Former U.S. Transportation Secretary Ray LaHood stressed the importance of government compromise to solve the nation’s problems when he spoke at the UNC School of Government on Thursday.
LaHood, who served as transportation secretary from 2009 to 2013, gave the 2013 Deil S. Wright Lecture to a standing room-only audience, where he talked about bipartisanship and the government shutdown.
“Compromise is not a bad word. Consensus is not a bad word. It’s the way our country can solve its problems,” he said. “That’s the way America has always been, and that’s the way that we have done big things.”
LaHood said throughout his time in government, he has seen the federal government solve problems through compromise.
He said in the 1990s, President Bill Clinton and Speaker of the House Newt Gingrich were still able to pass significant legislation despite differing points of view.
“We passed three balanced budgets. You think it was easy? No. What happened? People compromised,” he said.
But now, LaHood said some politicians are not willing to compromise.
“In the last two election cycles, 30 to 40 people, primarily Republicans — remember I’m a Republican — primarily Republicans got elected to go to Washington and to vote no and to be against everything,” he said.
He said these people got elected on an anti-government premise, which has threatened Congress’s productivity.
Voters should endeavor to elect politicians who believe government has some kind of role, whether big or small, he said.
“There are some things that government can do and does very well,” he said. “Ask a veteran who used a GI Bill to get a college education. These are good programs.”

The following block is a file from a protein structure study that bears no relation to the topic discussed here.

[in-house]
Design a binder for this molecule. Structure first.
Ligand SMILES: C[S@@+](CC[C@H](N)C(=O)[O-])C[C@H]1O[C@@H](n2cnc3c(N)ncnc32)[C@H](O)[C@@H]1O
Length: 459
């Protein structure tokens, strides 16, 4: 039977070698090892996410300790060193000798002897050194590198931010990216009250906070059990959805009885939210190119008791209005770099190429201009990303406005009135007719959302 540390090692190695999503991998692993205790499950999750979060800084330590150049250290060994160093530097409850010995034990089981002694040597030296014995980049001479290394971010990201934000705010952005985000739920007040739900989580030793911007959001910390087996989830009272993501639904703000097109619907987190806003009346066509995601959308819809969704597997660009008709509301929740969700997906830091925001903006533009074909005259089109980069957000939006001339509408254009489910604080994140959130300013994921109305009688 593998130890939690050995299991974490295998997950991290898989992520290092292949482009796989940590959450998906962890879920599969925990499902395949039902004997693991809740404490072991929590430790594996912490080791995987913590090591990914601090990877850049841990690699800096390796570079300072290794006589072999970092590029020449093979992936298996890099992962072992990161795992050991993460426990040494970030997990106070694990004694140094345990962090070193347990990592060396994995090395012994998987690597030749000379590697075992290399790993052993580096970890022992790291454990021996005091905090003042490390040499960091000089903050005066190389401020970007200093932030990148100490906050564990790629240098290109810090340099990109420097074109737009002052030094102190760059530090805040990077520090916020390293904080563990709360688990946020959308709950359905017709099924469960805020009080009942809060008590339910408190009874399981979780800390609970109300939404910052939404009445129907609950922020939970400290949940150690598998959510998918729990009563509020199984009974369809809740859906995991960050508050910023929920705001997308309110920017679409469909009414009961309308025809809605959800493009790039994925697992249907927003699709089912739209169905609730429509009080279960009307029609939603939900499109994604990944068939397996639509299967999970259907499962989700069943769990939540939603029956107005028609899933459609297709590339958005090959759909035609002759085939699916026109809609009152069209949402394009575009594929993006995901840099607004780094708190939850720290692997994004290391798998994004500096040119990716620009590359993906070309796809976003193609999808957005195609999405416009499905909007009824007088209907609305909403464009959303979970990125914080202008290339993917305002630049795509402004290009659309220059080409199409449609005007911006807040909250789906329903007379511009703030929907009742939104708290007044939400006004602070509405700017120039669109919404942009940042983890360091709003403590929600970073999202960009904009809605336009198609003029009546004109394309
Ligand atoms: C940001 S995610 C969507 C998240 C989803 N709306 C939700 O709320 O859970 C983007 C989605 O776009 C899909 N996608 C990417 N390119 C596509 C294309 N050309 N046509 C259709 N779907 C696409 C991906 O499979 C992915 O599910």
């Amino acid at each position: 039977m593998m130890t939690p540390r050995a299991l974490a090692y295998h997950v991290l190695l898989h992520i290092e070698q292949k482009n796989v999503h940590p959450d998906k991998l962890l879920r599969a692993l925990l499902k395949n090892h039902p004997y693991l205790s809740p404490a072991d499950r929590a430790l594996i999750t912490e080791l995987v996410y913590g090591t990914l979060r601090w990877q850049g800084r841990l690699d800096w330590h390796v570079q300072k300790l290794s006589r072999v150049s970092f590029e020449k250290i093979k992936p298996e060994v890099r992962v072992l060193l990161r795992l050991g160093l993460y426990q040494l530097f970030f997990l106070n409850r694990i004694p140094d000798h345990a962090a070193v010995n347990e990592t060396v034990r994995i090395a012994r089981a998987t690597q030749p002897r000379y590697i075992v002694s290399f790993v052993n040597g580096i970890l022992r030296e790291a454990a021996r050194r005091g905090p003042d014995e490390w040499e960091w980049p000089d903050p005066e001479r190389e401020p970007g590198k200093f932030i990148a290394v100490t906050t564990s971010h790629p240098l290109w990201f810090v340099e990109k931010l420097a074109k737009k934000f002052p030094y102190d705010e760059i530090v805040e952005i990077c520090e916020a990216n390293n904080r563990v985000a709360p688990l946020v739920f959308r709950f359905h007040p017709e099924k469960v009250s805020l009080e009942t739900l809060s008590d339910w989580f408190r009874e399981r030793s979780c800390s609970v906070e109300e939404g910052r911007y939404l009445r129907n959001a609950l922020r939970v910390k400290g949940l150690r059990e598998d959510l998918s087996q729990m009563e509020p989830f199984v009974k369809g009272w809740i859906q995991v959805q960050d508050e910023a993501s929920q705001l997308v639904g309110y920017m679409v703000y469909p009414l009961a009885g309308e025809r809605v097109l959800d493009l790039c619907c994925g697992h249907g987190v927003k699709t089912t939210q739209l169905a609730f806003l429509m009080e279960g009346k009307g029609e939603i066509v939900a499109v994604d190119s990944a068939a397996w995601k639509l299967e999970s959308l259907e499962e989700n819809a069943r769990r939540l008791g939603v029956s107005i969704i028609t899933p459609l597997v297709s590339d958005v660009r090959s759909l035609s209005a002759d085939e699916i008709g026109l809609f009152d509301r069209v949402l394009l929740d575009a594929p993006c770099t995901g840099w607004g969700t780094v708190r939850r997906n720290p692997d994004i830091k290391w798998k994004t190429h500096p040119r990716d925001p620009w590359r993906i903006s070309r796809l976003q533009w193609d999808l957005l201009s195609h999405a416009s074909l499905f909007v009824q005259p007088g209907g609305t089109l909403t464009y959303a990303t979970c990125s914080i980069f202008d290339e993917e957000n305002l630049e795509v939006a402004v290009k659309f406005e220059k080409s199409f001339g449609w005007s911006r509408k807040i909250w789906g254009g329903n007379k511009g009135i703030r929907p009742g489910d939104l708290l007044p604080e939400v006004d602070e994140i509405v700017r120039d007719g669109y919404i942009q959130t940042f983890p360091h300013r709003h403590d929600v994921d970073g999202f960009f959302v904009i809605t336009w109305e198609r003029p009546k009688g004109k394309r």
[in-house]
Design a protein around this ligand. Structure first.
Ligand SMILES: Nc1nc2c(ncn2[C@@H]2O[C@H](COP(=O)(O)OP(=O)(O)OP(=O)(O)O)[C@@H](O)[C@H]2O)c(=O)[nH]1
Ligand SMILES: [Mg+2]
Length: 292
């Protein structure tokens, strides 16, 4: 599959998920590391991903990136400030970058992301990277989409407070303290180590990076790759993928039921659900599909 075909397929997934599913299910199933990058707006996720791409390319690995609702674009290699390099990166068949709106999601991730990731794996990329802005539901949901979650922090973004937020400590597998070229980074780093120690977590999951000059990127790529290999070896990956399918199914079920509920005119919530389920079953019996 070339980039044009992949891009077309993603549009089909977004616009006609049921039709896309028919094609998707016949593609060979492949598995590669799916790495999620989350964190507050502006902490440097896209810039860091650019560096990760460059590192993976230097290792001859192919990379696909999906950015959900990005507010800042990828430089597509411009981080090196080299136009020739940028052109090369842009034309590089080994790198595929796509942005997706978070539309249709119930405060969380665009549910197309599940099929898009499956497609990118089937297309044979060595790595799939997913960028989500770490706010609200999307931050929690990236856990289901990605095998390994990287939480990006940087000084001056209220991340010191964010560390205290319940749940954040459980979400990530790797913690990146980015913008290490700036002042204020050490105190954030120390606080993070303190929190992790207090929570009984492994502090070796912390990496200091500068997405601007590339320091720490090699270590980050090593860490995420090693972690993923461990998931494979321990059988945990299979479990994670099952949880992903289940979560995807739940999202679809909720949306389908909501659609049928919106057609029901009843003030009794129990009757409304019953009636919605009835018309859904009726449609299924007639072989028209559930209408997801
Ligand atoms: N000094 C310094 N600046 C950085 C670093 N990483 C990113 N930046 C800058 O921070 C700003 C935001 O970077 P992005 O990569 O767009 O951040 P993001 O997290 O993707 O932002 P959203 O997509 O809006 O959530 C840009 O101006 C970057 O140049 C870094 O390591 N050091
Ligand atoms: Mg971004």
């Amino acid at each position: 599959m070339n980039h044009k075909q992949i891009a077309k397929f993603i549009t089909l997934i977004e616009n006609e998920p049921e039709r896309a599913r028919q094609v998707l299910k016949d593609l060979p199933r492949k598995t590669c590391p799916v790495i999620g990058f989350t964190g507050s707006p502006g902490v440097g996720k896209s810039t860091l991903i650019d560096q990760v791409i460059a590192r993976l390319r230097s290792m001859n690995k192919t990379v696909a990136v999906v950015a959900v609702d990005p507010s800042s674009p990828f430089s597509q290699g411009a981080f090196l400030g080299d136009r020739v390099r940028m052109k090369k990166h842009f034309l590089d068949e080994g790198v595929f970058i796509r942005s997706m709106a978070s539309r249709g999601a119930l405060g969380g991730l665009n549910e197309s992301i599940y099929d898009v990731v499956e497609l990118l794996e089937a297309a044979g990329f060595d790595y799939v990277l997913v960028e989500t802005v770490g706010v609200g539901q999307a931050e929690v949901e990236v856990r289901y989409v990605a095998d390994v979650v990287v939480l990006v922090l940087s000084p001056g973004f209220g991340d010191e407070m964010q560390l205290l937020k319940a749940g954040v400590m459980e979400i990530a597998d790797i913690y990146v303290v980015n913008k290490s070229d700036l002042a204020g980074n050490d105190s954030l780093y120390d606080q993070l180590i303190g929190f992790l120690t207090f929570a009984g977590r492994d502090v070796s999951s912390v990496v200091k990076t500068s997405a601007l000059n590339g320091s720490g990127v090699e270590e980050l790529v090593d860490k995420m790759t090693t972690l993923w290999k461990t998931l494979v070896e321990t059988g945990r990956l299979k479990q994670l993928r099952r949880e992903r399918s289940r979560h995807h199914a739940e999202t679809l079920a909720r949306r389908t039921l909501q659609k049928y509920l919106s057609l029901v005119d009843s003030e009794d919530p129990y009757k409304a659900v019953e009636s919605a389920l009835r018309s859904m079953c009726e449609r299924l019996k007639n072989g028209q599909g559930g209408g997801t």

LaHood said President Barack Obama holds similar beliefs about being willing to reach across the aisle — LaHood was not the only Republican in Obama’s cabinet.
“I believe bipartisanship is in the president’s DNA,” he said. “I want you to understand the idea of bipartisanship is not some slogan … and I’m an example of it.”
Durham County manager Mike Ruffin, who attended the lecture, said people like LaHood need to continue emphasizing the importance of bipartisanship in the federal government.
“He certainly emphasized in his lecture the value of listening, and to him that was the most important ingredient of leadership,” he said. “I think that’s something our country is sorely missing.”
Carla Davis-Castro, a candidate for a masters of public administration at the UNC School of Government, said she appreciated LaHood’s honest answers and interesting stories about working with Obama.
She said it was also interesting to find out how expensive it was to run for office. LaHood said during the speech that it would cost a minimum of $1 million to run a Congressional campaign.
“Makes you think twice, which is not a good thing when you want a representative democracy of the people,” she said. “Seeing that price tag can keep people out. That was shocking to me.”
LaHood encouraged students to get involved in government.
“Not giving up on your principles, standing for something but believing in the institution that you work in and believing that institution can really make a difference,” he said. “That where we’ll be in the future if you all get involved.”
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